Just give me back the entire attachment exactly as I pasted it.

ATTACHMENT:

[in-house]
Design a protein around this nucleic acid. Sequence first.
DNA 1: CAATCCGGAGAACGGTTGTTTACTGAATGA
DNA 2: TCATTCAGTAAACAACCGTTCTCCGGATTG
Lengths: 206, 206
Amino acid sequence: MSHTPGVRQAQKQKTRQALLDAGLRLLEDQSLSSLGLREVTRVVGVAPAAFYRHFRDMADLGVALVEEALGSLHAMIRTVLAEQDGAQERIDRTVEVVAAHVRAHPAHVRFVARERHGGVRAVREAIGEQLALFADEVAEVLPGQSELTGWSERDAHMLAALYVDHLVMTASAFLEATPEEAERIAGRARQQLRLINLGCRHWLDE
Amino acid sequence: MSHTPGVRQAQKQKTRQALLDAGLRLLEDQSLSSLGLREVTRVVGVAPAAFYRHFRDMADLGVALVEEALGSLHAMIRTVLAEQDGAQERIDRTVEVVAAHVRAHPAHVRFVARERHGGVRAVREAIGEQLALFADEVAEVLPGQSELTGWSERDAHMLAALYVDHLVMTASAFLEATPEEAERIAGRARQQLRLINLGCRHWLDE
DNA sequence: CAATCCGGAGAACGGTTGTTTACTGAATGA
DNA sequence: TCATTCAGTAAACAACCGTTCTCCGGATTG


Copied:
[in-house]
Design a protein around this nucleic acid. Sequence first.
DNA 1: CAATCCGGAGAACGGTTGTTTACTGAATGA
DNA 2: TCATTCAGTAAACAACCGTTCTCCGGATTG
Lengths: 206, 206
Amino acid sequence: MSHTPGVRQAQKQKTRQALLDAGLRLLEDQSLSSLGLREVTRVVGVAPAAFYRHFRDMADLGVALVEEALGSLHAMIRTVLAEQDGAQERIDRTVEVVAAHVRAHPAHVRFVARERHGGVRAVREAIGEQLALFADEVAEVLPGQSELTGWSERDAHMLAALYVDHLVMTASAFLEATPEEAERIAGRARQQLRLINLGCRHWLDE
Amino acid sequence: MSHTPGVRQAQKQKTRQALLDAGLRLLEDQSLSSLGLREVTRVVGVAPAAFYRHFRDMADLGVALVEEALGSLHAMIRTVLAEQDGAQERIDRTVEVVAAHVRAHPAHVRFVARERHGGVRAVREAIGEQLALFADEVAEVLPGQSELTGWSERDAHMLAALYVDHLVMTASAFLEATPEEAERIAGRARQQLRLINLGCRHWLDE
DNA sequence: CAATCCGGAGAACGGTTGTTTACTGAATGA
DNA sequence: TCATTCAGTAAACAACCGTTCTCCGGATTG